Employee Fringe Benefit Lawyers
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What Are Employee Fringe Benefits?
Employee fringe benefits are benefits that employees receive as a result of their employment, including those benefits provided through someone other than an employer.
Are Employee Fringe Benefits Taxable as Gross Income?
The federal tax code's defines gross income as any instance of undeniable accession to wealth from whatever source derived. Given this definition, employee fringe benefits are taxable gross income for all taxpayers.
Does the IRS Exclude Some Benefits Not Taxable as Gross Income?
The IRS has designated a number of fringe benefits which are not taxable as gross income. Importantly, the IRS has indicated that the benefits excluded from the general rule that fringe benefits are gross income are only excludable from gross income if they are benefits available to all employees of a company. That is, if not all employees of a company have access to a particular benefit, then that benefit cannot be excluded from an individual taxpayer's gross income no matter what.
What Are the Exact Fringe Benefits Excluded from Being Taxed as Gross Income?
The following list represents just a few of the fringe benefits excluded from being taxed as gross income:
- No additional cost to employer services - A benefit which the employer offers to an employee which does not cause the employer to incur substantial costs. For example an airline attendant who gets to fly for free.
- Qualified employee discounts - If the discount is on a service businesses are limited to giving a 20% discount. If the discount is on a good (something tangible) business are generally limited to discounting to cost (what they bought it for) or greater.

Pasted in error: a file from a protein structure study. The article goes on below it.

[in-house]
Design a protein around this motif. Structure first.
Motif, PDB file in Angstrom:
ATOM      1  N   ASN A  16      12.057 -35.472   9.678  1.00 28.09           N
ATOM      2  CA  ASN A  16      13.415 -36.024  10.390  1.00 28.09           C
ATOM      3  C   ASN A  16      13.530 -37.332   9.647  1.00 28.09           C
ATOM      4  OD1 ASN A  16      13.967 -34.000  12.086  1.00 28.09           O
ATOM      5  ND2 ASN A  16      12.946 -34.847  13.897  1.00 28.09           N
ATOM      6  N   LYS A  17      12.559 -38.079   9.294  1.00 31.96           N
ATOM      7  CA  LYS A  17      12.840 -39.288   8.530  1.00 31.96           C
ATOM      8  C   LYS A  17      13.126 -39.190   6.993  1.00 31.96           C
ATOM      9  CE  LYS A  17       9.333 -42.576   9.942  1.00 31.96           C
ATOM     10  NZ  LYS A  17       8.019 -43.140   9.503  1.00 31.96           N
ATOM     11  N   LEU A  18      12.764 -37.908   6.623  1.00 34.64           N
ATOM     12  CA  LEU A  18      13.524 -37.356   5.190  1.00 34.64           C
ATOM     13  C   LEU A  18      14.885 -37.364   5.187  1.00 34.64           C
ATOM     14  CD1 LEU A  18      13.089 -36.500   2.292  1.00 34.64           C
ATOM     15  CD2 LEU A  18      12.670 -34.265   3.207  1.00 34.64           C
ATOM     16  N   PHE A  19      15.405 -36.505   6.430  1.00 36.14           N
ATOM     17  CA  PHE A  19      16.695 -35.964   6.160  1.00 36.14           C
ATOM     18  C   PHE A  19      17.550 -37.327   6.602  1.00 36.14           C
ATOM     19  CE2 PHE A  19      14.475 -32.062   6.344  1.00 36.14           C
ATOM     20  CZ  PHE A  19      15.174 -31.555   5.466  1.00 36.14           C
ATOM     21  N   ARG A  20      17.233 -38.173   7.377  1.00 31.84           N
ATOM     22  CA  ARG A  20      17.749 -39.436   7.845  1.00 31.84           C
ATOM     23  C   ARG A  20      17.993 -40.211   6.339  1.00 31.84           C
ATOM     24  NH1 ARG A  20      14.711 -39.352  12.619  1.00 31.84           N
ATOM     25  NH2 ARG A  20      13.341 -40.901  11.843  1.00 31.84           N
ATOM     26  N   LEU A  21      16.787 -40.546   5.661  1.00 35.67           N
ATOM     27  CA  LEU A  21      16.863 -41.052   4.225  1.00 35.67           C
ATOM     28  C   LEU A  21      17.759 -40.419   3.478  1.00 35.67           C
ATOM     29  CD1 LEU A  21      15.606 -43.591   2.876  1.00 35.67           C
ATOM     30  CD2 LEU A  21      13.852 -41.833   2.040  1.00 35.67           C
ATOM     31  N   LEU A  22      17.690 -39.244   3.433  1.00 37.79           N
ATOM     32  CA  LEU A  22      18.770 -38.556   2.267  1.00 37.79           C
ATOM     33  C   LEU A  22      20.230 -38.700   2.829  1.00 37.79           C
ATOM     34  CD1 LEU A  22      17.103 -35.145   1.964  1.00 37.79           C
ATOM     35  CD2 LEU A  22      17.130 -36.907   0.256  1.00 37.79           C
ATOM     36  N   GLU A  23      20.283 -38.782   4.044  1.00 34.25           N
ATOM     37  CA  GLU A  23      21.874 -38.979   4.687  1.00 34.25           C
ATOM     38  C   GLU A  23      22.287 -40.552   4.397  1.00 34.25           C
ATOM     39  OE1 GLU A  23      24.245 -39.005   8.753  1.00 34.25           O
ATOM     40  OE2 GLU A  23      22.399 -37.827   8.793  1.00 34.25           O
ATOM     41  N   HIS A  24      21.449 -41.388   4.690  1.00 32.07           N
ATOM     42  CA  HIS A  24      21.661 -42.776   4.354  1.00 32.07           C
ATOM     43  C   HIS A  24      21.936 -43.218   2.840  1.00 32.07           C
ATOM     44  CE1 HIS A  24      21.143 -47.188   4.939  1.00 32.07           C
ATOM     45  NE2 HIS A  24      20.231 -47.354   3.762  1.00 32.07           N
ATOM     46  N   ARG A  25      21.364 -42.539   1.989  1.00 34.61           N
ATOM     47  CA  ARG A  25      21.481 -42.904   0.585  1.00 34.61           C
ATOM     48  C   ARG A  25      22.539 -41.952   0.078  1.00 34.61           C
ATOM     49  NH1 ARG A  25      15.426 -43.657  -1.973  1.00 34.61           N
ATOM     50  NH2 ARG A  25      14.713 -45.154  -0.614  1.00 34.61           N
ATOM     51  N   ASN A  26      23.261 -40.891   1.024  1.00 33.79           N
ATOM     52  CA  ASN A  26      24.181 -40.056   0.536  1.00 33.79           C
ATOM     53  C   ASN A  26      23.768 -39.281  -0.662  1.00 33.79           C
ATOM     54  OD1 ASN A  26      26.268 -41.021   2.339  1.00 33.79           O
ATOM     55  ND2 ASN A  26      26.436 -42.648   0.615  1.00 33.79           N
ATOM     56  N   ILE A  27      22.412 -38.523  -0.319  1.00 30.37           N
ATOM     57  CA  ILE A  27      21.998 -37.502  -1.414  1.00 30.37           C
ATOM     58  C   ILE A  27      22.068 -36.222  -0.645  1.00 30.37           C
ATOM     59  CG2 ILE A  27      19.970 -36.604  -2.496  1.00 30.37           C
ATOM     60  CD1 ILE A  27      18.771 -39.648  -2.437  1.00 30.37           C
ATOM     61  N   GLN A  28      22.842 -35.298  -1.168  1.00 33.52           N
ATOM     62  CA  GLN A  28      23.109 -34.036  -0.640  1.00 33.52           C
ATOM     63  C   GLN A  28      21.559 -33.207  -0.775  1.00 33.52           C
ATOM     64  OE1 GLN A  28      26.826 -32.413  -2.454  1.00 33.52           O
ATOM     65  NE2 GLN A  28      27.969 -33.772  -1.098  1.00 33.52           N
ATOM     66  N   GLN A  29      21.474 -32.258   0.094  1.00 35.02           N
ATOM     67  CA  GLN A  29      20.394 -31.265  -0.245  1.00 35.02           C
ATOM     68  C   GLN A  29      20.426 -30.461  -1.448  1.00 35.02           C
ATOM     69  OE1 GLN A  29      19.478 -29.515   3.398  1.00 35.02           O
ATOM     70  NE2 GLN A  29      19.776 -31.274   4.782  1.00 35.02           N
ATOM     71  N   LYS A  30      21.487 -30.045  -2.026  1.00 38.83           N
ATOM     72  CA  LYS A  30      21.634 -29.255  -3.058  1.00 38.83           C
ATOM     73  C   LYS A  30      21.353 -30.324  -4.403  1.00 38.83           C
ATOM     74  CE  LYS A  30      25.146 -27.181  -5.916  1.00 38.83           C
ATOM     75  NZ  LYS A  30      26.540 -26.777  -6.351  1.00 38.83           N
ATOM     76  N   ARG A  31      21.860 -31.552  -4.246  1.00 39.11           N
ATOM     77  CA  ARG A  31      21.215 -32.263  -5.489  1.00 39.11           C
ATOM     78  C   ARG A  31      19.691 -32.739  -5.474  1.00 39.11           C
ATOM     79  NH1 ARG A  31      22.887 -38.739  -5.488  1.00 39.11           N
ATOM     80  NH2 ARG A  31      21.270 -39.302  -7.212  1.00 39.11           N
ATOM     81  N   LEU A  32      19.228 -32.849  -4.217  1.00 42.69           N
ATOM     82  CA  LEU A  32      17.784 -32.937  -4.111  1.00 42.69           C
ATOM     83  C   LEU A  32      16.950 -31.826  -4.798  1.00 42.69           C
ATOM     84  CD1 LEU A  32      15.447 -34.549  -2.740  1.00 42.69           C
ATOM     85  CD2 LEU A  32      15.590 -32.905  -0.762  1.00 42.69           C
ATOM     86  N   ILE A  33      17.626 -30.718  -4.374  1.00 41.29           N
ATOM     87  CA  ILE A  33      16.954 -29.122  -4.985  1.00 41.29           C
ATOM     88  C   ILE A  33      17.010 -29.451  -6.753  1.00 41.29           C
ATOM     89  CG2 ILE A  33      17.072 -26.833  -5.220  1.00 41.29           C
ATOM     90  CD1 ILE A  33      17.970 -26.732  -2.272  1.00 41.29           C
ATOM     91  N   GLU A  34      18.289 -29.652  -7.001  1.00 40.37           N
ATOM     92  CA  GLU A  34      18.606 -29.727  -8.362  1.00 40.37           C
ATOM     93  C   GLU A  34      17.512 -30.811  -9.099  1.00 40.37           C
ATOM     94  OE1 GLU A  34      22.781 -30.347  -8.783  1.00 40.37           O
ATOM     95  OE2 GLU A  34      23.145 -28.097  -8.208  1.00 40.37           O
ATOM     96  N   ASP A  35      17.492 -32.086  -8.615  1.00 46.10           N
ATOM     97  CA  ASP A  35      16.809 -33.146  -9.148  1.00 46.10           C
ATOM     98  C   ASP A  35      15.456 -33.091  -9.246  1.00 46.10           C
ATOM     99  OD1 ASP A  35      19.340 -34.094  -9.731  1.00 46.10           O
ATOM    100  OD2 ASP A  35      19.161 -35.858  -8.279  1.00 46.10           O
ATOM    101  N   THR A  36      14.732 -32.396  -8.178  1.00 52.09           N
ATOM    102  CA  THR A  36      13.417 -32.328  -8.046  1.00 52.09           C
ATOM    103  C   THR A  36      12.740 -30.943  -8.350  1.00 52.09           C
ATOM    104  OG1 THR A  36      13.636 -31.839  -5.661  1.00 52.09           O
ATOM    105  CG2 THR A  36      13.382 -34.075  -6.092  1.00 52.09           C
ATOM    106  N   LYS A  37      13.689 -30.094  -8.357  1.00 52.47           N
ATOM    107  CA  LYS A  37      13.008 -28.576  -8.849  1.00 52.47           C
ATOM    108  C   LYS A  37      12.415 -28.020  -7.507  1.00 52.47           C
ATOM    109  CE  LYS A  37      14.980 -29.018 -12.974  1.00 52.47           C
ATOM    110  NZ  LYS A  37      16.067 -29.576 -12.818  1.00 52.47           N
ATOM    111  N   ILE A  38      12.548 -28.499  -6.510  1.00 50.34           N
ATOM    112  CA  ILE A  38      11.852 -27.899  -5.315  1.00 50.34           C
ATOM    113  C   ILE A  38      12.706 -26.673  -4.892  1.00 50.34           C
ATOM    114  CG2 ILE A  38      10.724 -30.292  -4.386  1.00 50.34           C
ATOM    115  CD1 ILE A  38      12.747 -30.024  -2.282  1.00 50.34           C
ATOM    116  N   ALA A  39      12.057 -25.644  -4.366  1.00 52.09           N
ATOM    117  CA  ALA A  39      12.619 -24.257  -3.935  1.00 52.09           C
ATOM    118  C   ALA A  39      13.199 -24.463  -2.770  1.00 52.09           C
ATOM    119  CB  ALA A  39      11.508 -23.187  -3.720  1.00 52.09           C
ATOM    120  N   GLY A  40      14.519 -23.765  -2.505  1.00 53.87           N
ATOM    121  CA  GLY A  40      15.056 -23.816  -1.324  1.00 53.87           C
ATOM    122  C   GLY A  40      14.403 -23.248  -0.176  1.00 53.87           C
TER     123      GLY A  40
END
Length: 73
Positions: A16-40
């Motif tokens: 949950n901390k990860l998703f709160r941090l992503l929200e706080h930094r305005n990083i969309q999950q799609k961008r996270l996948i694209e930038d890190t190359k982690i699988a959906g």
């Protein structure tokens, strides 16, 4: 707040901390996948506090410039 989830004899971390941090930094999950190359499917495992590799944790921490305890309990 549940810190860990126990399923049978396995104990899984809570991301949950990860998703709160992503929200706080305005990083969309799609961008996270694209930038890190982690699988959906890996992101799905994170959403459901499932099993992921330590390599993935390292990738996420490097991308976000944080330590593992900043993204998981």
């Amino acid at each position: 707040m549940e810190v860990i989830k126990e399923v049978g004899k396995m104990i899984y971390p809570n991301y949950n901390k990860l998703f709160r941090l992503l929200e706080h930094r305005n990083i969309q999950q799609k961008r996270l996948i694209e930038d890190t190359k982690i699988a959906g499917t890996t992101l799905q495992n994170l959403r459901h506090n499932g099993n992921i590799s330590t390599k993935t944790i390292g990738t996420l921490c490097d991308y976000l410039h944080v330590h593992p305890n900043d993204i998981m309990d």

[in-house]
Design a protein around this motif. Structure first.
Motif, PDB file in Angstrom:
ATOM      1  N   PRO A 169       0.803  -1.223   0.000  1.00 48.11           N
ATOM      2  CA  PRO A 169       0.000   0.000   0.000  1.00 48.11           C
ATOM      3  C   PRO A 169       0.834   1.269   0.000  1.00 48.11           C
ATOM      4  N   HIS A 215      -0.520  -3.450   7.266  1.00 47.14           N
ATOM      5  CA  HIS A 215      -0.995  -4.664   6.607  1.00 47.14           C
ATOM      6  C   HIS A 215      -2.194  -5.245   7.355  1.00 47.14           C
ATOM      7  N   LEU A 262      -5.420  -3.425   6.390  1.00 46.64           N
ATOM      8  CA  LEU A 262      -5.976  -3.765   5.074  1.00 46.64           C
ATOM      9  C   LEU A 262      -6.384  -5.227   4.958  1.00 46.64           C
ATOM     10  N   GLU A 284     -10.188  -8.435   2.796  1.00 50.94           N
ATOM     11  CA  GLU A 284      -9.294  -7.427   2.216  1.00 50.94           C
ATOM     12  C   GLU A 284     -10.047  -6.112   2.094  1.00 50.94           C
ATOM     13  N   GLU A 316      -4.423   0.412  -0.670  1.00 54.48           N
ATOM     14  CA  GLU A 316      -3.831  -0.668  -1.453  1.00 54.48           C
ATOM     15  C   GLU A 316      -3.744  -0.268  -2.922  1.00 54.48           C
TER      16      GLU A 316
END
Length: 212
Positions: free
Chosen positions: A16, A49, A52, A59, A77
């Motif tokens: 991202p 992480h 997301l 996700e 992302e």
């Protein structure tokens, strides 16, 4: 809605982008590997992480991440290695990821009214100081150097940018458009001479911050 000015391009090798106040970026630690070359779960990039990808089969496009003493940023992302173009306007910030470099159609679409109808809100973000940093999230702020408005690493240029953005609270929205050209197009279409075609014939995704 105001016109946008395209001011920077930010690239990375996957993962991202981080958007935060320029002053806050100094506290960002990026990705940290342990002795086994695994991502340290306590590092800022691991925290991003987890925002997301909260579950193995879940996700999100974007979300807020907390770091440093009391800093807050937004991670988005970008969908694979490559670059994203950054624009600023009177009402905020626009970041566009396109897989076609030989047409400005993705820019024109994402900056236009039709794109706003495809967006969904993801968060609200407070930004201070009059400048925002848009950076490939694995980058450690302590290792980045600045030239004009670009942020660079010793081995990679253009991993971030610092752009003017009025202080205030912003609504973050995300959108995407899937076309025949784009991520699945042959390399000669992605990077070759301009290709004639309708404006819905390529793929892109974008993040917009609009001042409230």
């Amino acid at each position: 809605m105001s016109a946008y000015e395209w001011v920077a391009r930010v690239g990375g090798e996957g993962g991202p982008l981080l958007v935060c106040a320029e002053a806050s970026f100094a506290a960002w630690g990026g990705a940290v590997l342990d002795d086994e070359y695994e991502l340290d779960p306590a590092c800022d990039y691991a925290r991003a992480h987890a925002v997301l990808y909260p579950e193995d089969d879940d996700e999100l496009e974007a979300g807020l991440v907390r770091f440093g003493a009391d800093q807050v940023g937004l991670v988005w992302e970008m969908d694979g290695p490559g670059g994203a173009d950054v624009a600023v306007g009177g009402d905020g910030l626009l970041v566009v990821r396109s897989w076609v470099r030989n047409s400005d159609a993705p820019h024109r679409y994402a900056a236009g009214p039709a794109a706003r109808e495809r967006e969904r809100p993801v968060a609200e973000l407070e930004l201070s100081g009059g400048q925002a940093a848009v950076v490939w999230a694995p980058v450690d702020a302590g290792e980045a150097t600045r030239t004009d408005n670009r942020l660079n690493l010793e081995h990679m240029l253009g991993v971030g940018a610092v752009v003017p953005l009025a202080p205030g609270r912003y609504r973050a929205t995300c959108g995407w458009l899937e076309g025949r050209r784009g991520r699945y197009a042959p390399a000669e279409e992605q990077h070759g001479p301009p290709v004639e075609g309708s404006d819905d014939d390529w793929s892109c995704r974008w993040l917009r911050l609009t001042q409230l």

- Working condition fringes - A benefit that is furnished by your employer free of charge that had you paid for it you would have gotten a business deduction. Importantly, you as a taxpayer do not get to exclude and deduct this benefit, you only get to forgo reporting it as a part of your gross income.
- De minimus fringe - A benefit you receive which your employer does not do an accounting for (i.e. the coffee in the lounge or copy paper). Importantly, your employer may still be able to take deductions for these items despite the fact that you took them as exclusions from your income.
- Qualified transportation fringe - A work related transportation reimbursement that an employer provides to an employee for the employee to get back and forth to work. Importantly, this fringe doesn't include use of a company car, but in big cities does include up to a maximum of $100 towards a transportation pass on public transport.
- Qualified moving expense reimbursement - A benefit that allows reimbursement of reasonable moving costs and lodging during the move. Make sure to document all expenses.
Should I Contact a Lawyer Regarding my Employee Benefit Deductions?
With all the tax software out there, most people are capable of doing their taxes on their own. More sophisticated and more complex tax returns may require more time and perhaps the advice of a lawyer. Additionally, should you have a dispute with the taxing authority regarding you deductions and exclusions, you may need to go to court, and then a lawyer may be required.
Consult a Lawyer - Present Your Case Now!
Last Modified: 10-10-2011 04:15 PM PDT
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